Generation Z Career Plans and Expectations
July 29, 2021
The following is from Influencive
Generation Z is the world’s largest generation so far, accounting for nearly 30% of the global population. There are nearly 2 billion of them on the planet. This is still a rising group, with individuals who may not have had standard life experiences (career, housing, etc.).
- A university degree is expected to be obtained by one out of every two.
- By 2025, they will account for 27% of the workforce.
- In their lifetime, they are expected to work 18 jobs spanning six careers and live in 15 residences.
Generation Z has been nicknamed “digital natives” because they are the first social generation to have grown up with access to the Internet and portable digital devices from an early age. With most of them being digitally literate.
But what do the future plans and expectations look like for Gen Z?
Generation Z has a strong, comprehensive knowledge of technology and its potential to alter how we live, according to global research by Dell Technologies. The survey with more than 12.000 students showed that 80 percent of them want to work with cutting-edge technology, 38 percent want to work in IT, 39 percent in cybersecurity, and 46 percent want to engage in technological research and innovation.
Gen Z education approach
Looking at older Generation Z members, it appears that they are on a slightly different educational path than previous generations. They have a lower chance of dropping out of high school and are more likely to enroll in college. According to Pew research – in 2018, 57% of 18- to 21-year-olds who had graduated from high school were enrolled in a two-year or four-year college. Which is more in comparison with 52% of Millennials and 43% of Gen X members.
Generation Z students are interested in alternatives to the standard four-year degree, but the majority believe that higher education is important and choose schools that provide the most value.
ECMC Group together with Vice Media surveyed 2.200 high-school students and discovered that 74% agree that an education focusing on trade skills, nursing, science, technology, engineering, and mathematics is beneficial. However, 64% are concerned about how they will pay for higher education.
Students of Generation Z prefer social learning, in which they may be hands-on and actively participate in the learning process. They are also more career-oriented early in their college years. More than half of Gen Z students believe that they learn better by doing rather than listening. They also prefer an interactive classroom and enjoy the class discussion.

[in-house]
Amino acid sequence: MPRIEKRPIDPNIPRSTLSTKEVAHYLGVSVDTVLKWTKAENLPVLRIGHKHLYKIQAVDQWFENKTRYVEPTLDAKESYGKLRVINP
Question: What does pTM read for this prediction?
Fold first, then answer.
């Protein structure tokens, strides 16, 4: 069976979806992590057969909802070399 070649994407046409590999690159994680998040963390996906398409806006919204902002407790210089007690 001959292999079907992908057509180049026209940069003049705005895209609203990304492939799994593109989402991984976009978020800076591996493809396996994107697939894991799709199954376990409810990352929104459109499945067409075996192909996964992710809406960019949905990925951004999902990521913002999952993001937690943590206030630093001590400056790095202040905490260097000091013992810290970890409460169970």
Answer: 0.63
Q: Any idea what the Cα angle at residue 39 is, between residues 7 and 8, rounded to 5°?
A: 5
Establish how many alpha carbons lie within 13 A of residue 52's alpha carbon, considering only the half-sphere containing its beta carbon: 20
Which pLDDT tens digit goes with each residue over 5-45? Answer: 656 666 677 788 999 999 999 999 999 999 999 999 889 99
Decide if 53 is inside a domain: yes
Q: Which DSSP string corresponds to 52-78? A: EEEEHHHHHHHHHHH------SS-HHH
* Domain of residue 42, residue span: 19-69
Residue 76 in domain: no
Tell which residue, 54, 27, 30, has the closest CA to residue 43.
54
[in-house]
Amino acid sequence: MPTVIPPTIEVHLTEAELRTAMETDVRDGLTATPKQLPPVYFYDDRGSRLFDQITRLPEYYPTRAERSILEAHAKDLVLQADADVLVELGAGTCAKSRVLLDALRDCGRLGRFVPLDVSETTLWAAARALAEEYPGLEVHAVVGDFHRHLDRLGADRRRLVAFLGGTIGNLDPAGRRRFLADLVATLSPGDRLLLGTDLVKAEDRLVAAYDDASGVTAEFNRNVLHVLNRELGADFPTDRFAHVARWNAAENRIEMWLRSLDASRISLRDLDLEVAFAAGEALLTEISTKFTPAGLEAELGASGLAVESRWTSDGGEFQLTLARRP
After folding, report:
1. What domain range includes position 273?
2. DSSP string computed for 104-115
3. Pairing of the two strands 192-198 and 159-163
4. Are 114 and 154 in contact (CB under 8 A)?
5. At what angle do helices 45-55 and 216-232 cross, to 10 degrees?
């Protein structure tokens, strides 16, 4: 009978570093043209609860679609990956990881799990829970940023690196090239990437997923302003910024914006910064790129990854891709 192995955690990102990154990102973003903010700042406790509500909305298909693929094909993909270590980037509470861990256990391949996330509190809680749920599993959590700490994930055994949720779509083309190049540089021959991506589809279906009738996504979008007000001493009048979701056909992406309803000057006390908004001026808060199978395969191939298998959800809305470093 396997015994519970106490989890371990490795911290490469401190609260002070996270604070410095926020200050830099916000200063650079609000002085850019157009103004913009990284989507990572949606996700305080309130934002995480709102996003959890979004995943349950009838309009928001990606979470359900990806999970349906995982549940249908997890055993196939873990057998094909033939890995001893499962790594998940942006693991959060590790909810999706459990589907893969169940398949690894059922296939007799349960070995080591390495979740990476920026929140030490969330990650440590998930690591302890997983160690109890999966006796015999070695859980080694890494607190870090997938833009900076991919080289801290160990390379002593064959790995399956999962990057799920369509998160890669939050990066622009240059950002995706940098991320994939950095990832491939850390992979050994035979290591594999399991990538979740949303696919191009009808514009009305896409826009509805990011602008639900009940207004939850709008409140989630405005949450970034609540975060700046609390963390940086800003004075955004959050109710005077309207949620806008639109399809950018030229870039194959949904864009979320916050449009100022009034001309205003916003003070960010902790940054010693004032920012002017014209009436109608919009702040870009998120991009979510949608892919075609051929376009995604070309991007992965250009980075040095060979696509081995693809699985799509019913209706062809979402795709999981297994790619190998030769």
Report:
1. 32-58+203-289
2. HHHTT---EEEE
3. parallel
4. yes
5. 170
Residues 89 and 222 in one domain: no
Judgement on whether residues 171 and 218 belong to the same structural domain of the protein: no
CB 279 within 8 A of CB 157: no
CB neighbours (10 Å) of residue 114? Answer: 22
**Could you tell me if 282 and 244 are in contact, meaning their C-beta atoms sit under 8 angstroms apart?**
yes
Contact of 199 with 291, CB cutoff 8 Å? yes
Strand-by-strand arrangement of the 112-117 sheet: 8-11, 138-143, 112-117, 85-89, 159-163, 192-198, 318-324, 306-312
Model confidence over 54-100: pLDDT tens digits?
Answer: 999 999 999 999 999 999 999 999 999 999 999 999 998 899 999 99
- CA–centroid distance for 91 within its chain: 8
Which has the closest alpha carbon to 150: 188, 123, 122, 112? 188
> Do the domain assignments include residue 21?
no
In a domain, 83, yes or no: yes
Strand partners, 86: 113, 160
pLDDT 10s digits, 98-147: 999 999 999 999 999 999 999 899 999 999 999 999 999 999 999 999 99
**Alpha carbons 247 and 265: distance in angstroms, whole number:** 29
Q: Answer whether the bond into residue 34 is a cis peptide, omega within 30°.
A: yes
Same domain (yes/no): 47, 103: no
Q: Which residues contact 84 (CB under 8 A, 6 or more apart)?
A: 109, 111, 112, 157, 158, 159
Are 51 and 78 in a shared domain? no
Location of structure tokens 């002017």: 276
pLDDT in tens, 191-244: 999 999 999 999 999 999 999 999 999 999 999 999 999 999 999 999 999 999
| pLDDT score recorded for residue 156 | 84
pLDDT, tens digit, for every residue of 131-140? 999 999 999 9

More than 40% of Gen Z students want professions that match their precise interests after college. Many of these teenagers are starting to focus early on their careers as entrepreneurs. And over a third of Generation Z students have their own business or want to start one in the near future.
Gen Z career expectations
This generation was shaped by the Global Recession. Many of them witnessed their parents experience substantial financial failures throughout their early years. Generation Z is also joining the workforce at a time when many people are worried about the impact of automation technologies. So this generation believes that job security is a top priority.
Because Gen Z was nurtured in one of the most challenging educational settings, their competitive mentality may be mixed with an eagerness for recognition for their efforts. As a result, they place a premium on having realistic expectations on how to attain professional success and growth.
Gen-Z is extremely motivated to advance in their careers, with 76 percent believing that learning is the key to success. According to a LinkedIn report, 67% of Gen-Z users on LinkedIn spent more time learning in 2020 than they did in 2019. In total, they spent 50% more time watching online courses than users from any other generation.
A workforce institute report says 32% of Gen Zers think they are the hardest-working generation, although they accept that work-life balance influences their hardworking attitude. One in four would work harder and longer hours if they worked for a company that offered flexible schedules.
Gen Z saw others use technology to develop profitable business endeavors as they grew up, therefore 58% of Gen Zers want to own a business eventually, and 14% currently do.
More than half of the Gen Z workers around the world are optimistic about the future. However, this optimism is tempered by increasing concern about job expectations and attaining achievement.